Robert E. Cumby

Robert Cumby
Robert E. Cumby
562 ICC


Robert E. Cumby is Professor of Economics in the School of Foreign Service of Georgetown University. He received his BA in economics from the College of William and Mary and his Ph.D. in economics from the Massachusetts Institute of Technology. 

At Georgetown, he teaches international trade and finance in the undergraduate and in the masters of science in foreign service programs. Prior to joining the faculty of Georgetown University in 1994, Professor Cumby was on the faculty of the Stern School of Business of New York University between 1982 and 1994. Prior to that, he was an economist at the International Monetary Fund. During the 1993-1994 academic year, Professor Cumby served as senior economist on the Council of Economic Advisers. And between 1998 and 2000, Professor Cumby was Deputy Assistant Secretary for Economic Policy at the United States Department of Treasury. 

Professor Cumby's primary research interests are in international finance, macroeconomics, and applied econometrics. He has served as and associate editor and co-editor of the Journal of International Economics and is a research associate of the National Bureau of Economic Research.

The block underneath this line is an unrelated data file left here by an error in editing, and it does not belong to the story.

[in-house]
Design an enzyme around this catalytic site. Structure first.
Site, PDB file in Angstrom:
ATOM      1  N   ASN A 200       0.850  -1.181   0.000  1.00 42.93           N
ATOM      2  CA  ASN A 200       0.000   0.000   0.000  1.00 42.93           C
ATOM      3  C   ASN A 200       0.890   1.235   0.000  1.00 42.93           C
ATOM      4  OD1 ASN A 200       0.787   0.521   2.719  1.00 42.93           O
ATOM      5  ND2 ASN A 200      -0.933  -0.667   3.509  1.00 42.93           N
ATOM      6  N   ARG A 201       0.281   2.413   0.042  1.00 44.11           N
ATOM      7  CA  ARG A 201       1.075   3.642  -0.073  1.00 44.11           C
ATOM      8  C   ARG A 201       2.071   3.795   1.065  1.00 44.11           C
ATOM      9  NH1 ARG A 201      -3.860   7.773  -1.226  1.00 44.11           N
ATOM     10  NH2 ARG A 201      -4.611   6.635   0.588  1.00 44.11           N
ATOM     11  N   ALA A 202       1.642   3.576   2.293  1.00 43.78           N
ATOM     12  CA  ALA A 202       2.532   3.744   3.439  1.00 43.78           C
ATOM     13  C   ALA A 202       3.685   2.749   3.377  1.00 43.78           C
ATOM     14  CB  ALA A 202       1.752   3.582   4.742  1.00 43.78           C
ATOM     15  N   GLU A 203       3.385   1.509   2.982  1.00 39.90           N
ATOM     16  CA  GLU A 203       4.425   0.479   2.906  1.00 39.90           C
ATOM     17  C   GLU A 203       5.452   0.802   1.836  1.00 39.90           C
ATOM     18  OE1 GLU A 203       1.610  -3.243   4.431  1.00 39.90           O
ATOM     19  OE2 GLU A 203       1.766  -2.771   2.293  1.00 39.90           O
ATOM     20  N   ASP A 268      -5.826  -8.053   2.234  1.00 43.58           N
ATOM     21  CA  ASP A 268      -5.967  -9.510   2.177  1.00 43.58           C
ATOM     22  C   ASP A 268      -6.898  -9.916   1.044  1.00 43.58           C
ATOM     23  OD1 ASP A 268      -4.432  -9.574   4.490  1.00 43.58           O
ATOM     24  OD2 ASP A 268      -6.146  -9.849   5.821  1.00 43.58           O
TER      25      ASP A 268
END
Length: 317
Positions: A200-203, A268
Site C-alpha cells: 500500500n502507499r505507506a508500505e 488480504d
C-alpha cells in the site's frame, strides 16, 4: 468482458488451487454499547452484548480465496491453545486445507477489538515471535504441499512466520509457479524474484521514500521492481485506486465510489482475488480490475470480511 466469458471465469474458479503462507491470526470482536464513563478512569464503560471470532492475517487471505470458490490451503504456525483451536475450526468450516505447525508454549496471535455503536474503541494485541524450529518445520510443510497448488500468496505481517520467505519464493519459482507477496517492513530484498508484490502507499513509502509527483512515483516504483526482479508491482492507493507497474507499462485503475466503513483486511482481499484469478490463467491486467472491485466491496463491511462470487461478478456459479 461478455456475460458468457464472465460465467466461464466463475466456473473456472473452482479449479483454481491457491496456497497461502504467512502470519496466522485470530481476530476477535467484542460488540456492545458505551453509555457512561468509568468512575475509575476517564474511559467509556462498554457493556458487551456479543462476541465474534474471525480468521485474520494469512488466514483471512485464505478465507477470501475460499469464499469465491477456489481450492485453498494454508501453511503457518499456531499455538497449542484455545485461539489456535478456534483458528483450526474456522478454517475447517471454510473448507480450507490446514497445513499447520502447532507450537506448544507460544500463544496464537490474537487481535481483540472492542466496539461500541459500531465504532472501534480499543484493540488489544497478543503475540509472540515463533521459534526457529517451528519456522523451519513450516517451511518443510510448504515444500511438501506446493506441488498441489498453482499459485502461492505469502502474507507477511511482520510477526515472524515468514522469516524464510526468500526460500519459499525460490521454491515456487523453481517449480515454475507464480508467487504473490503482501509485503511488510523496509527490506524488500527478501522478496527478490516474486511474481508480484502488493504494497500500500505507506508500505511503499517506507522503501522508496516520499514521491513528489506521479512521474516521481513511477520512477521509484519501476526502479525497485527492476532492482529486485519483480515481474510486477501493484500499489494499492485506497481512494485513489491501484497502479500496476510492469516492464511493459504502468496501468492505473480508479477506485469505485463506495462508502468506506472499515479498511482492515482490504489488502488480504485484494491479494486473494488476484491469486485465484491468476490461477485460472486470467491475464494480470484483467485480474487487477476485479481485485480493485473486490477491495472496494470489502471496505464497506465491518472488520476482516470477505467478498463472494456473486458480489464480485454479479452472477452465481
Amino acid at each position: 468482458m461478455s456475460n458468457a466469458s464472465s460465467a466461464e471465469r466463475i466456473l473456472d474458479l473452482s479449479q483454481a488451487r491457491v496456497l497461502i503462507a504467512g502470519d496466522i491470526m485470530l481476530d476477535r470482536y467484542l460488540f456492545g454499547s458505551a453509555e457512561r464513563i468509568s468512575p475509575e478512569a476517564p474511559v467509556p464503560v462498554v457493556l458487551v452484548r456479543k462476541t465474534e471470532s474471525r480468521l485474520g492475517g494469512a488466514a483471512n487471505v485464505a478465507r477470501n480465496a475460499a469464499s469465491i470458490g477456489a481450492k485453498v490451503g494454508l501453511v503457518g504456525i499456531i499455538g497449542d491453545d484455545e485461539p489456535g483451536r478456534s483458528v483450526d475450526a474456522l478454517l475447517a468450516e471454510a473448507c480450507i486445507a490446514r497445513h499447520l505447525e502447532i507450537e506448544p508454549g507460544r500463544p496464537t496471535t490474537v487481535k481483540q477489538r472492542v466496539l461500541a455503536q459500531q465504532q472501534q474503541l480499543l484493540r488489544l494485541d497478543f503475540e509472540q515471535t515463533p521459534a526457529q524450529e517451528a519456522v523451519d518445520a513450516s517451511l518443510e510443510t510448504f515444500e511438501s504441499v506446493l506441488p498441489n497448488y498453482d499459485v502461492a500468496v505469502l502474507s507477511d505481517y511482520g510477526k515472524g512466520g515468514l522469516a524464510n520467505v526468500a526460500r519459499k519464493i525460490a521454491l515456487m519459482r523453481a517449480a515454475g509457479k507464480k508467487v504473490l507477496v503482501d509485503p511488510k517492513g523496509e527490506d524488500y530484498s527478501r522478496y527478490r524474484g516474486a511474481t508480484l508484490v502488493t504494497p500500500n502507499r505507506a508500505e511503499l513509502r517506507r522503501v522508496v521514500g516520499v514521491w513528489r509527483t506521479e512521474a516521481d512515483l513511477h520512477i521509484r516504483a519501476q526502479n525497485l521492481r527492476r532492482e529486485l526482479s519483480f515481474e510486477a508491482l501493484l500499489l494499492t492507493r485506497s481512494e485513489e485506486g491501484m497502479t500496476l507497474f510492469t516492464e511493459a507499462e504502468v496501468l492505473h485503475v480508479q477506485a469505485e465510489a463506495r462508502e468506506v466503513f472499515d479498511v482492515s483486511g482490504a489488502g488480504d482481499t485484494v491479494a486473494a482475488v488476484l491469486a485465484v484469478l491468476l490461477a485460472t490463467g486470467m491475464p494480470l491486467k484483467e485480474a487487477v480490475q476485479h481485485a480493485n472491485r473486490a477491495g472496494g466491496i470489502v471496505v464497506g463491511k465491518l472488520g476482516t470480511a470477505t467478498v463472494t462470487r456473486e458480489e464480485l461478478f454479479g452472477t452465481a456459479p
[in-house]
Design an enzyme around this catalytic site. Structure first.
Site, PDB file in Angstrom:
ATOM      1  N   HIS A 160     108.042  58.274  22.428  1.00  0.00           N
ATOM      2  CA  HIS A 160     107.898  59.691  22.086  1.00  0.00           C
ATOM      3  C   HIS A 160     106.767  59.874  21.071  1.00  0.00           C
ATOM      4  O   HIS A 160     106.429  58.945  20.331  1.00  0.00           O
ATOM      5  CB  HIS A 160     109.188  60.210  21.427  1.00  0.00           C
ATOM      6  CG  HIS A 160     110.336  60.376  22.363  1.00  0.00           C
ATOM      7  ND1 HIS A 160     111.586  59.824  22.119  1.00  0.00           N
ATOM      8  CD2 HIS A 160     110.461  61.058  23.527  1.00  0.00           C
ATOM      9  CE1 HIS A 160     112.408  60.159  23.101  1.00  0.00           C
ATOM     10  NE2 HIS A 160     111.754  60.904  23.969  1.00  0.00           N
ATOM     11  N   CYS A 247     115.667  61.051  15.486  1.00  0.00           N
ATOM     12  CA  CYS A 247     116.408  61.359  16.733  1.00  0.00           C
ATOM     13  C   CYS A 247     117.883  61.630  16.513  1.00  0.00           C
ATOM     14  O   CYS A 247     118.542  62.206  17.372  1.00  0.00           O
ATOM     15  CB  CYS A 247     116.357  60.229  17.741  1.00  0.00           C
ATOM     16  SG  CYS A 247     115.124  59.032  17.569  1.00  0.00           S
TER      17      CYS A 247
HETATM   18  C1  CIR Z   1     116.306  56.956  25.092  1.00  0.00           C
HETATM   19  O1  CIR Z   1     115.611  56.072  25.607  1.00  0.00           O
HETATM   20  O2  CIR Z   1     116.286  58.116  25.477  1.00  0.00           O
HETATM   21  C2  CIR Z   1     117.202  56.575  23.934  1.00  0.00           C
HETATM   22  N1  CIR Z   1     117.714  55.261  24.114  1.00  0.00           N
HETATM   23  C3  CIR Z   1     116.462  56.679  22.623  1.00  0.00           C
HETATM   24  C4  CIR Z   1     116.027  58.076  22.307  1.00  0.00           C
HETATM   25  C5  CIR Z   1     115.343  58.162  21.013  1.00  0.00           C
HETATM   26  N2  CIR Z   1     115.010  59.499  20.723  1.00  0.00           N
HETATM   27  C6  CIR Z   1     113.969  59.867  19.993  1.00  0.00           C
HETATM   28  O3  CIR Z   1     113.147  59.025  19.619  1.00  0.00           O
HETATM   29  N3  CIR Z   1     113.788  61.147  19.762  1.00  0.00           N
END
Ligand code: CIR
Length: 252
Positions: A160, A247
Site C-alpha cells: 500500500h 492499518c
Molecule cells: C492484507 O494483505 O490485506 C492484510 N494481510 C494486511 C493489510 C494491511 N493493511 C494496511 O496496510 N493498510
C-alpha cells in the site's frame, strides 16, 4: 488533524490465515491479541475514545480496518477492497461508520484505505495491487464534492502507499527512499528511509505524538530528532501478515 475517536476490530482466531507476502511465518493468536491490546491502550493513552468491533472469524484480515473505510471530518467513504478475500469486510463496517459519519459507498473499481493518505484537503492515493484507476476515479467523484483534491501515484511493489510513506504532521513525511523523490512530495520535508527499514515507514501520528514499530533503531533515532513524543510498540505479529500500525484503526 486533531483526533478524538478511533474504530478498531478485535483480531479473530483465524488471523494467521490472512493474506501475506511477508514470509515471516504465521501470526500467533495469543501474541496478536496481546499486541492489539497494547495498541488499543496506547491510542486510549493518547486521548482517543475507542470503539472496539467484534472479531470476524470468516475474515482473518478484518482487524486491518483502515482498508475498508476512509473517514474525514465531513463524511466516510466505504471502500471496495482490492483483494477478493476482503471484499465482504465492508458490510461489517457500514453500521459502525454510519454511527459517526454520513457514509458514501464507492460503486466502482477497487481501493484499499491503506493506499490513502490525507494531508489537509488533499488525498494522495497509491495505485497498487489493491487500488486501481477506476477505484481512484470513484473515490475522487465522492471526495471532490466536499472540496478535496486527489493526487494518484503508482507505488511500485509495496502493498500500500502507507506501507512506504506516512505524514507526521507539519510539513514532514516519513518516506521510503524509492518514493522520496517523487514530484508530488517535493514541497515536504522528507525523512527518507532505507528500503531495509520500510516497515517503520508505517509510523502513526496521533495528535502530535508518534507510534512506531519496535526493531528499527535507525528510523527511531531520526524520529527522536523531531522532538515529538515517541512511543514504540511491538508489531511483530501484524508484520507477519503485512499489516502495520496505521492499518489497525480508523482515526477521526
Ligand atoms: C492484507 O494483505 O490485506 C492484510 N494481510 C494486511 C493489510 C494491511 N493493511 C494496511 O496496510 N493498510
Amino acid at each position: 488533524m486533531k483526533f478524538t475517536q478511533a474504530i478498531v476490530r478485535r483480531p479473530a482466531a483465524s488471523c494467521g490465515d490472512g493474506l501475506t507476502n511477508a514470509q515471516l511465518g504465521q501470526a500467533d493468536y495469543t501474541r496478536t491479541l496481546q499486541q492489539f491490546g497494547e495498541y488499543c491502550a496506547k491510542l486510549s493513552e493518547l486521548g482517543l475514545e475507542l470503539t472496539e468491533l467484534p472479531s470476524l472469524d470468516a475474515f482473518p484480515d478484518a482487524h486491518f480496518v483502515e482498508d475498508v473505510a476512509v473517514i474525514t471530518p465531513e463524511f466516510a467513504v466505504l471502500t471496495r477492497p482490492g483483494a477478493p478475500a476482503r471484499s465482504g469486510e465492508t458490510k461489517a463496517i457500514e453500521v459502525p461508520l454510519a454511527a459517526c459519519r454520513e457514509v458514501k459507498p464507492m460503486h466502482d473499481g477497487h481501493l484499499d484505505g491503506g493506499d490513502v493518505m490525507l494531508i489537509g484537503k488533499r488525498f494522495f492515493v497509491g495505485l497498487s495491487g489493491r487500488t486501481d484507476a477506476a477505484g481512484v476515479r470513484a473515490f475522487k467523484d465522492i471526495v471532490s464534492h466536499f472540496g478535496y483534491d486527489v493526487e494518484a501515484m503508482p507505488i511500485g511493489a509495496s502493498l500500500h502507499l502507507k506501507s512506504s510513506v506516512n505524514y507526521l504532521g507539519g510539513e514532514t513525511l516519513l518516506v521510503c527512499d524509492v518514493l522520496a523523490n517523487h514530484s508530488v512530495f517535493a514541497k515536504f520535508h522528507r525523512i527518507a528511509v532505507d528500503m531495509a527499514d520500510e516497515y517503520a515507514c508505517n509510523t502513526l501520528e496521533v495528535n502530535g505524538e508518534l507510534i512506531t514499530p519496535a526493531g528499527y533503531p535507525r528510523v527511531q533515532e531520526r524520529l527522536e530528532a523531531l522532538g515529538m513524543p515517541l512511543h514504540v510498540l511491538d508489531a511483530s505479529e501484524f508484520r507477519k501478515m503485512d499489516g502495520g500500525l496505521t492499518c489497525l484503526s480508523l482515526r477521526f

Articles in journals

M. Canzoneri, R. Cumby, B. Diba, and D. Lopez-Salido. "The Role of Liquid Government Bonds in the Great Transformation of U.S. Monetary Policy." Journal of Economic Dynamics and Control (2011): 282-294.

M. Canzoneri, R. Cumby, B. Diba, and D. Lopez-Salido. "Monetary Aggregates and Liquidity in a Neo-Wicksellian Framework." Journal of Money Credit and Banking (2008): 1667-1698.

M. Canzoneri, R. Cumby, and B. Diba. "Euler Equations and Money Market Interest Rates: A Challenge for Monetary Policy Models." Journal of Monetary Economics (2007).

M. Canzoneri, R. Cumby, and B. Diba. "The Costs of Nominal Inertia in NNS Models." Journal of Money Credit and Banking (2007).

Articles in Books

M. Canzoneri R. Cumby and B. Diba. "The Interaction Between Monetary and Fiscal Policy." Handbook of Monetary Economics. Ed. Benjamin M. Friedman, and Michael Woodford. : North-Holland, 2011: 935-999